Letters to the Editor, July 5
A warm welcome to Tracy Frazzano
It is with great pleasure I welcome the first female police chief of Marco Island. I was personally shocked by the announcement but Frazzano was also surprised. She came in first over 80 other applicants for the position.
This was a good decision by the acting City Manager David Harden. I am sure that city staff, police and fire department personal will give her a supportive and warm welcome. Frazzano’s prior achievements, training and skills are a welcome addition to the professional staff of Marco Island.
The Island needs professional staff that adhere to the policy of civic virtue civility, moral excellence which is necessary to build community cohesion. Marco Island is sorely in need of such professional standards and I see this in Tracy Frazzano. Welcome!
Litha Berger, founder, Caxambas Republican Club
‘World class’ museum
If you have not visited the Marco Island Museum recently, please do. Starting as your grandmother’s attic, under curator Austin Bell it has evolved into a modern, extravagant, and stunning visual explosion of accessible information.
You may plan 15 minutes to view the incredible “Marco Cat” and discover you have spent 45 minutes getting started. I guarantee you will bring all your free loading winter visitors to share with them this jewel of a museum.
We have traveled the world and can attest Mr. Bell’s expertise has provided us with a truly “world class” museum. Thanks Austin.
Michael Gaynor, Marco Island
Golden Gate golf course
Friday morning, I read an article about East Naples Community Park. They are about to receive $23.4 million in upgrades. That is fine with me. As a matter of fact, I enjoy playing pickleball.
This is one of many projects that we can enjoy. Why can't a public golf course be included? Our tax dollars pay for these facilities. Many golfers are taxpayers. The county commissioners should keep this in mind when voting for what to do with the Golden Gate golf property.
Beverly Martin, Naples
Working with refugees
I worked several years in Southeast Asia in the 1970s and 1980s in refugee protection and resettlement. I visited or worked in refugee camps inhabited by hundreds of thousands of asylum seekers.
I dealt with local officials from the national cabinet level down, representing and speaking for the U.S. government. Advocating for the humane treatment of refugees was consistently on my agenda. Specifics ranged from not endangering lives by pushing off “boat people” attempting to land in Malaysia to urging better access to medical treatment and clean drinking water in often overcrowded Thai camps.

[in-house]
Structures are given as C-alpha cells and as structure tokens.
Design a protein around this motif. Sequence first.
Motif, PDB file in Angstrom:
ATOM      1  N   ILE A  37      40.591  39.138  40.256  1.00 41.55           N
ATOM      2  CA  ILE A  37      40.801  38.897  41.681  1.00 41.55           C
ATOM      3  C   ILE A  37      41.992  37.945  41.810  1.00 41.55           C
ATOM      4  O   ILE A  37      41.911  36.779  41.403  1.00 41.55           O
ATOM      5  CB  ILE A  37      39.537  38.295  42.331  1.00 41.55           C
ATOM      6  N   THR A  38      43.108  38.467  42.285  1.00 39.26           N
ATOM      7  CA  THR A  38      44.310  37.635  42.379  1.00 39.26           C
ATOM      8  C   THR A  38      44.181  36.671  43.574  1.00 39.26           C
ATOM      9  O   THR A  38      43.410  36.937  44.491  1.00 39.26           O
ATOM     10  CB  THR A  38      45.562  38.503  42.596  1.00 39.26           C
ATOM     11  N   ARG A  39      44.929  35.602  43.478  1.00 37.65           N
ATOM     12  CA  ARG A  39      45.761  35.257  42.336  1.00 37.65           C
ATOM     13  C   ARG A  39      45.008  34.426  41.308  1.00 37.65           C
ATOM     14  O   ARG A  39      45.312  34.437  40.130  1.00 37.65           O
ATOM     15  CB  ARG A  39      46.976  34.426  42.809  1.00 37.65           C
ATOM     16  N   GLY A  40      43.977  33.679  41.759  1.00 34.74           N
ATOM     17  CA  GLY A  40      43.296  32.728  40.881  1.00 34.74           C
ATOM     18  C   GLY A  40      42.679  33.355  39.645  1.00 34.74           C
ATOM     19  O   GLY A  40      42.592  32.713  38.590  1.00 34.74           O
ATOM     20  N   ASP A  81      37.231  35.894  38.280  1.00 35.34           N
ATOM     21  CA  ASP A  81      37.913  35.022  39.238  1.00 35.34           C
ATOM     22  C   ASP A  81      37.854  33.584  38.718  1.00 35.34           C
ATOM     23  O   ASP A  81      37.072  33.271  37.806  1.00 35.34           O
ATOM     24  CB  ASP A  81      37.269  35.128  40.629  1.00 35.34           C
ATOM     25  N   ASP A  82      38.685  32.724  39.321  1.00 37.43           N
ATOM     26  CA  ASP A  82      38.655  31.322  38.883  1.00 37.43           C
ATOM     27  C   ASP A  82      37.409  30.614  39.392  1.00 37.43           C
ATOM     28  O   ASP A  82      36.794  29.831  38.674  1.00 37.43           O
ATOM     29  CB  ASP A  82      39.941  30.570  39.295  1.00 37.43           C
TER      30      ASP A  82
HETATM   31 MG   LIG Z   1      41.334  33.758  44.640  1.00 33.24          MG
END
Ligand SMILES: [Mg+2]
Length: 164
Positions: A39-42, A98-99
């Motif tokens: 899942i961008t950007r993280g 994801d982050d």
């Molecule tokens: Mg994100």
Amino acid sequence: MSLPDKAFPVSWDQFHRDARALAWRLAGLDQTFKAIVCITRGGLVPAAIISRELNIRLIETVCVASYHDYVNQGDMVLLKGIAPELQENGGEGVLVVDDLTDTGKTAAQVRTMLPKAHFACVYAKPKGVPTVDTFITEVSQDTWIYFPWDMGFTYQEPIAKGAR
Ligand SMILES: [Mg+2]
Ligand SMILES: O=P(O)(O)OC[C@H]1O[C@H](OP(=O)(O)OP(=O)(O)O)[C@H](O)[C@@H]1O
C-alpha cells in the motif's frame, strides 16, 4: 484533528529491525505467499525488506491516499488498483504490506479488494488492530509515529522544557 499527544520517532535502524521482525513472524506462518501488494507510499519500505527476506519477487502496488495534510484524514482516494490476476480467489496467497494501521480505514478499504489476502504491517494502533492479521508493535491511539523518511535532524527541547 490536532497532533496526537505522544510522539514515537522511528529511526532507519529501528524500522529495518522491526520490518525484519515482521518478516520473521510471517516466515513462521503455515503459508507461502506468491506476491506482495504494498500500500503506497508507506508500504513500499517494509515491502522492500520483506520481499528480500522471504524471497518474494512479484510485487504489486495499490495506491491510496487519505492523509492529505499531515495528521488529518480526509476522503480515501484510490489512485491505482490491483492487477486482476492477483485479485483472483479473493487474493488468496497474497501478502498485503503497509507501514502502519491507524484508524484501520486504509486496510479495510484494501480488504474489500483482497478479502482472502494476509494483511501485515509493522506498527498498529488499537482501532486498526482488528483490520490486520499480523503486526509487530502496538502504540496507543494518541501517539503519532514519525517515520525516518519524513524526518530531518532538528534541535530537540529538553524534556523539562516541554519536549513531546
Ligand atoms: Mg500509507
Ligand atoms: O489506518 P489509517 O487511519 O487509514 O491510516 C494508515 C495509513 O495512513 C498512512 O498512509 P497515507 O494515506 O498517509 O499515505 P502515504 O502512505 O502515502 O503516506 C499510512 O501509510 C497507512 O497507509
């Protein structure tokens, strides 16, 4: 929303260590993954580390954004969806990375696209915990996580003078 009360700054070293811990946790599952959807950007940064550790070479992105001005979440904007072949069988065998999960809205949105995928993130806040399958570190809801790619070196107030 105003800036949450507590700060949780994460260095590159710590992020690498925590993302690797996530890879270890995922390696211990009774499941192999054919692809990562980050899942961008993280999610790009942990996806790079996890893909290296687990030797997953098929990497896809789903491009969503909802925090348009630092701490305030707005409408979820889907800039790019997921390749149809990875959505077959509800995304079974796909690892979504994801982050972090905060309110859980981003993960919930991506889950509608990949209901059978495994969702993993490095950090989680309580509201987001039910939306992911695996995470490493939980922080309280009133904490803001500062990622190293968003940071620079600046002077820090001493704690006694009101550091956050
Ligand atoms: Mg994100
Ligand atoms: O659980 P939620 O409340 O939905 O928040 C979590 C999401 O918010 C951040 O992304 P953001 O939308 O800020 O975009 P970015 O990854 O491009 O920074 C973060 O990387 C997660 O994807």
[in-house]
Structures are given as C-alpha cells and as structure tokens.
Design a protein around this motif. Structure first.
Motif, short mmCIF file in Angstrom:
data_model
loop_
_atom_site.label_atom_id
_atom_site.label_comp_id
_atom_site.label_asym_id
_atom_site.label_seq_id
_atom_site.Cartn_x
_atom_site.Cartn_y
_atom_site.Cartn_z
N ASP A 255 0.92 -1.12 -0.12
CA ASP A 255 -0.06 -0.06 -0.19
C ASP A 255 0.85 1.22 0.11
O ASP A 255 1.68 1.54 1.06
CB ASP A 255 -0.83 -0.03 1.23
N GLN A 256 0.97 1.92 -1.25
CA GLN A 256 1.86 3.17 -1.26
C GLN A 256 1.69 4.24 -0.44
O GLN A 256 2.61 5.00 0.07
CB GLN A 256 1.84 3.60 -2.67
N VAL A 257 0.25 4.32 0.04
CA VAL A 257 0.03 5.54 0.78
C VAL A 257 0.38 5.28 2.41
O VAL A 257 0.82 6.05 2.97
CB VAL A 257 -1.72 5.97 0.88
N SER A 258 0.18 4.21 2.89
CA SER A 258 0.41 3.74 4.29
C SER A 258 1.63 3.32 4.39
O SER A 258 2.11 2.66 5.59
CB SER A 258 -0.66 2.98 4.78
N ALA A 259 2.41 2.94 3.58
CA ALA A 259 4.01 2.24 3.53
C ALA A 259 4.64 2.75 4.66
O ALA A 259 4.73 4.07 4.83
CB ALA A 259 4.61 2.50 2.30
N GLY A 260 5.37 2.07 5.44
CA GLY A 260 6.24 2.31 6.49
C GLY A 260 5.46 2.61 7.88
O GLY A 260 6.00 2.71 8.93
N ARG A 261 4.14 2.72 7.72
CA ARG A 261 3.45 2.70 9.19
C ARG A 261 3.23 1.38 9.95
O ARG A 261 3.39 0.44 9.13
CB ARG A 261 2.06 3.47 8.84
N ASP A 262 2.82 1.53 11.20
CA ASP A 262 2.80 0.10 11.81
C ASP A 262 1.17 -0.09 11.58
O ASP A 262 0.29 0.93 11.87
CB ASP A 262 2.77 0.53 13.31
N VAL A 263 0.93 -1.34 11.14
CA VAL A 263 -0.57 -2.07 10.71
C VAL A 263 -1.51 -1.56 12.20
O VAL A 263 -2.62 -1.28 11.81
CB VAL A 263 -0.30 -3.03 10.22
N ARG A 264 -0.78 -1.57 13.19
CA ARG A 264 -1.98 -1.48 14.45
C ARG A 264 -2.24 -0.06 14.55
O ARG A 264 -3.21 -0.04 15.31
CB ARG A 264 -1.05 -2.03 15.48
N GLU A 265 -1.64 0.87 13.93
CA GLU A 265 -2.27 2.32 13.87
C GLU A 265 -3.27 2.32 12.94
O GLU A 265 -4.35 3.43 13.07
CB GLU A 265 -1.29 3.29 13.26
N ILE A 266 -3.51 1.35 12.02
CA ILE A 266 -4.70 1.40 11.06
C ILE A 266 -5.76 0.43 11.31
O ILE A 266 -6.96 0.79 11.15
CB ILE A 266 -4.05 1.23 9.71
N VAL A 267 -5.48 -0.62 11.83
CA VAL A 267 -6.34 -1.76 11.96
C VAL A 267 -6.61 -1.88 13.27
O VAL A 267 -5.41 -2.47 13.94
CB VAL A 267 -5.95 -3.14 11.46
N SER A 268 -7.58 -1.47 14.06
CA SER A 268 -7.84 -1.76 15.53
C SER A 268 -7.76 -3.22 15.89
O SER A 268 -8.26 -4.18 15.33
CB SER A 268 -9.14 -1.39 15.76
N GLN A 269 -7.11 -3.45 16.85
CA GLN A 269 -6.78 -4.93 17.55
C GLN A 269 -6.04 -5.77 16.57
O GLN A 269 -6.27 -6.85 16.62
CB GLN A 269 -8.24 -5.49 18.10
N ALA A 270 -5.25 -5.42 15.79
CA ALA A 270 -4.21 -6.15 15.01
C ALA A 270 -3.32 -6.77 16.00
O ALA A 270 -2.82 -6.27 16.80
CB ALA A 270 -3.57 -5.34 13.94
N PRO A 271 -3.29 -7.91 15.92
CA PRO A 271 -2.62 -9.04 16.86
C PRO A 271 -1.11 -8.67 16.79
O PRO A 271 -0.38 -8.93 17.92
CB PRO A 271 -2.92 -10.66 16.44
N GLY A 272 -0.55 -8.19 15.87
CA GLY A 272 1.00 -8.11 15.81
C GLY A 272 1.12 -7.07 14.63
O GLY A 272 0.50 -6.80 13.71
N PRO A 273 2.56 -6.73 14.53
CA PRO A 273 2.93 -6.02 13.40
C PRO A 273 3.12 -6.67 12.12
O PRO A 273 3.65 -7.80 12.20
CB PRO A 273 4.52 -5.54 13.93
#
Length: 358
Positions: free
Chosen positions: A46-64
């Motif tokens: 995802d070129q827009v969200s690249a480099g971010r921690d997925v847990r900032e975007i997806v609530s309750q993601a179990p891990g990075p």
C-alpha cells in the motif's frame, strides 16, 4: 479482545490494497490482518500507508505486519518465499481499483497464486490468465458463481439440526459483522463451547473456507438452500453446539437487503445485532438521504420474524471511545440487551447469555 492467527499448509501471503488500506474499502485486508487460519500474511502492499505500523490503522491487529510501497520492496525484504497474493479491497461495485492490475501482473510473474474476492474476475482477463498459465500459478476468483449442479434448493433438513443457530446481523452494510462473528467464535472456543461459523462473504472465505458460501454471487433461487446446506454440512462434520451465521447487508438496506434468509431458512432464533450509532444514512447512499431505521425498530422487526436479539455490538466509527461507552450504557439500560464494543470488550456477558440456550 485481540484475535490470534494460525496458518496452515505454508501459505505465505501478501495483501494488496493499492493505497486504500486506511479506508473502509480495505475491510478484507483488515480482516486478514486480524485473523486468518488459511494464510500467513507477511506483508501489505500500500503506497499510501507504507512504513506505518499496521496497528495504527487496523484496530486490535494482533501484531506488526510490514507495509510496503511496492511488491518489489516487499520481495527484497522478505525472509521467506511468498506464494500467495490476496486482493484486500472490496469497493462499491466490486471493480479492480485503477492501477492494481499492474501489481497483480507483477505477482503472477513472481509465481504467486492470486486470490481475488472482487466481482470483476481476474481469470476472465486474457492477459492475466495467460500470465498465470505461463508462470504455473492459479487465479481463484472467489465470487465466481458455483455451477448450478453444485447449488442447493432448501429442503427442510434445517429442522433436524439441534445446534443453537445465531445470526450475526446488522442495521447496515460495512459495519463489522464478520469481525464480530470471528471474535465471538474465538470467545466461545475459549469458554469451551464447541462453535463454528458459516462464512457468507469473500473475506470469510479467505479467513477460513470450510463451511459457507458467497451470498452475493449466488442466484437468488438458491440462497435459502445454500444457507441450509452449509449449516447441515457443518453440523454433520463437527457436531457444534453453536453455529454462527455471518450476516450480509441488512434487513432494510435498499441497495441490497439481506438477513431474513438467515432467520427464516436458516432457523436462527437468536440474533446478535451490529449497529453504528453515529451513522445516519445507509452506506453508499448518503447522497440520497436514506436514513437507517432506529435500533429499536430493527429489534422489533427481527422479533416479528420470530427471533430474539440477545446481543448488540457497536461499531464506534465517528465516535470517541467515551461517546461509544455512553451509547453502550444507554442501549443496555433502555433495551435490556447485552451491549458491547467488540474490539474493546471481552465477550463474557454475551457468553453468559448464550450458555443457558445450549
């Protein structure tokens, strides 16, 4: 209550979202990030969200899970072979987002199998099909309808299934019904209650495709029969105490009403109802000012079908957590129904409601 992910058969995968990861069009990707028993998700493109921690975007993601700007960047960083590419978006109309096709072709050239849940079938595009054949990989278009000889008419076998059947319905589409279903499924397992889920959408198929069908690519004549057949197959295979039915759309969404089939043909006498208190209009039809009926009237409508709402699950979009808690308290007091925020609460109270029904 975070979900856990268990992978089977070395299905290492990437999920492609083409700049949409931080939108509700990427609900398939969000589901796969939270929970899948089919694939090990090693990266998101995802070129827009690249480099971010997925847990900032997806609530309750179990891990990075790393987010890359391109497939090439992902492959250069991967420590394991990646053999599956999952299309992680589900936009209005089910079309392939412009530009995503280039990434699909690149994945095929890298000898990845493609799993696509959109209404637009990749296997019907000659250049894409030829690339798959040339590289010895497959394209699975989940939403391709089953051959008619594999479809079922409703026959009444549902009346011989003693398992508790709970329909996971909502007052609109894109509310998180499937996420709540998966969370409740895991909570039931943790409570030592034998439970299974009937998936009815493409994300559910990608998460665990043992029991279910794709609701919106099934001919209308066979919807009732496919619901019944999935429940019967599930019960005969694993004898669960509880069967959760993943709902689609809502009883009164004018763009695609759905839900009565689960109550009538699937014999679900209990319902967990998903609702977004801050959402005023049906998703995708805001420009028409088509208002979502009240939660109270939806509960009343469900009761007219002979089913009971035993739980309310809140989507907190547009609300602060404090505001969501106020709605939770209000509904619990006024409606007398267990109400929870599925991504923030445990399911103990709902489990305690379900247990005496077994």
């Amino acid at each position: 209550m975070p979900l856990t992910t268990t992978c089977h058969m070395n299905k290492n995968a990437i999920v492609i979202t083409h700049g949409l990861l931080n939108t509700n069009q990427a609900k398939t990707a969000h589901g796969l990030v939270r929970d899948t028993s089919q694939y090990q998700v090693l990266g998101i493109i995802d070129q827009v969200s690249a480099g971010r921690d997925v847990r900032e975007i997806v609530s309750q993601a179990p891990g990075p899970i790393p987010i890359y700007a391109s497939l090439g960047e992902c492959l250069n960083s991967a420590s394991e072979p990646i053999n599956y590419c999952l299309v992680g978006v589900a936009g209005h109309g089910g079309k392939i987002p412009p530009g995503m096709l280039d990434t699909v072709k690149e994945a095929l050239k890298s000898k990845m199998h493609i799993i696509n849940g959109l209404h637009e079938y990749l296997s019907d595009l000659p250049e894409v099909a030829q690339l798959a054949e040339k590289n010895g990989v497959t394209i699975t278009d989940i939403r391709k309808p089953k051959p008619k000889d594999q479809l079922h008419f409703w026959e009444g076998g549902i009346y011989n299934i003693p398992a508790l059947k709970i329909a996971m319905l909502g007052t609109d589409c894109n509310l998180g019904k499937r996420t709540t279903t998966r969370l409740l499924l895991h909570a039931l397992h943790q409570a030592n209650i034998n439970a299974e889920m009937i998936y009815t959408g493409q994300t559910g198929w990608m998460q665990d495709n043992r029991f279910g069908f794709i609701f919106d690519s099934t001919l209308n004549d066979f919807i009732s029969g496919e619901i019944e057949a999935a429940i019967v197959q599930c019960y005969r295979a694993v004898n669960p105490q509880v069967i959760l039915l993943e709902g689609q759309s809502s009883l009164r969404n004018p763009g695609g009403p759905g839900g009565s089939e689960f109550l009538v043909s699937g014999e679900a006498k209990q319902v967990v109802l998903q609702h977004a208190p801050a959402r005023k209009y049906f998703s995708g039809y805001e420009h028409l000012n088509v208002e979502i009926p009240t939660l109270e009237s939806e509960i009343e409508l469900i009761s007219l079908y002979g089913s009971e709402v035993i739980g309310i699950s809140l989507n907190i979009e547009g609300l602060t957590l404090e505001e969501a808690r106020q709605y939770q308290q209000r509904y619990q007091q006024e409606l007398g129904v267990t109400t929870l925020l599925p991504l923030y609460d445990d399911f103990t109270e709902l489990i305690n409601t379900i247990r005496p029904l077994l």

Minors traveling without their parents were among the categories in which we had a special interest. Despite occasional problems of identity fraud, we found by far the best solution for children’s camp stay was to allow more distant relatives to care for them. Even at the most difficult times, we did not separate children from parents or other adult relatives.
That which I and many others stood for is very obviously not being followed on our Southwest border. Why have we changed? Have we as a nation abandoned values that largely guided us throughout my lifetime? How is it possible that a nation once looked up to as basically good is increasingly seen as a cruel human rights violator.
Who are we?
Bruce A. Beardsley, Naples
Listen to constituents
Hey, Tallahassee legislators, this is how genuine government service is supposed to work.
In March at a Collier County Commission meeting, the commissioners decided to de-fund the Youth Relations Bureau, which provides sheriff's deputies on our public school campuses for students’ safety.
This vote was in response to SB 7026, which you passed. As you know, SB 7026 does not require any funding from local government for the safety of students and instead places the burden of school safety fully on public schools, which you already grossly underfund.
As is their right in a democracy, the commissioners’ constituents voiced their dismay through emails and letters to the editor regarding the commission’s decision to cut this funding.
And then something truly rare and remarkable happened. At a June 20 meeting, all the Collier County commissioners reversed their earlier decision and decided to fully fund the Youth Relations Bureau to keep our students safe. Our commissioners listened to the people who elected them to serve and did what the people wanted them to do. (Thank you to each one of our laudable commissioners, too.)
It is my sincere hope you all will follow the Collier County Commission’s example and practice this skill yourselves by listening to and carrying out the will of the people you serve when you convene again in January.
You do not serve a particular party, lobbyist, special interest group or campaign contributor. You serve the people who go to the polls and elect you.
Annette Hall, Golden Gate